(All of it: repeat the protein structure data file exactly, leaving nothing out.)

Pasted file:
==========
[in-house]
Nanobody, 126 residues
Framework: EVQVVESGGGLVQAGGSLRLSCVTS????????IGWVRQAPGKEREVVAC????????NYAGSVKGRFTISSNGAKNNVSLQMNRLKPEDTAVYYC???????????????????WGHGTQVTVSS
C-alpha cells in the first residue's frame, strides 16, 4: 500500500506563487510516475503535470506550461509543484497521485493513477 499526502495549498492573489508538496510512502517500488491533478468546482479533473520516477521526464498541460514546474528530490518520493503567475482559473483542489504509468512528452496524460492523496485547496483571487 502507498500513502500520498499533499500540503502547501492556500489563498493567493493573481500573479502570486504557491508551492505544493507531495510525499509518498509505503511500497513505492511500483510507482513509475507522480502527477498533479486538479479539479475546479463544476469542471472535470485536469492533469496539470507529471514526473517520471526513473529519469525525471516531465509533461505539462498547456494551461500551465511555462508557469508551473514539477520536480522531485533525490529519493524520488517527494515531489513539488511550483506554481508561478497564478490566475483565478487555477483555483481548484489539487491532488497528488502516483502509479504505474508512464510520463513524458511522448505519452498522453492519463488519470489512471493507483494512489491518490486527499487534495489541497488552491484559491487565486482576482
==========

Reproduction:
[in-house]
Nanobody, 126 residues
Framework: EVQVVESGGGLVQAGGSLRLSCVTS????????IGWVRQAPGKEREVVAC????????NYAGSVKGRFTISSNGAKNNVSLQMNRLKPEDTAVYYC???????????????????WGHGTQVTVSS
C-alpha cells in the first residue's frame, strides 16, 4: 500500500506563487510516475503535470506550461509543484497521485493513477 499526502495549498492573489508538496510512502517500488491533478468546482479533473520516477521526464498541460514546474528530490518520493503567475482559473483542489504509468512528452496524460492523496485547496483571487 502507498500513502500520498499533499500540503502547501492556500489563498493567493493573481500573479502570486504557491508551492505544493507531495510525499509518498509505503511500497513505492511500483510507482513509475507522480502527477498533479486538479479539479475546479463544476469542471472535470485536469492533469496539470507529471514526473517520471526513473529519469525525471516531465509533461505539462498547456494551461500551465511555462508557469508551473514539477520536480522531485533525490529519493524520488517527494515531489513539488511550483506554481508561478497564478490566475483565478487555477483555483481548484489539487491532488497528488502516483502509479504505474508512464510520463513524458511522448505519452498522453492519463488519470489512471493507483494512489491518490486527499487534495489541497488552491484559491487565486482576482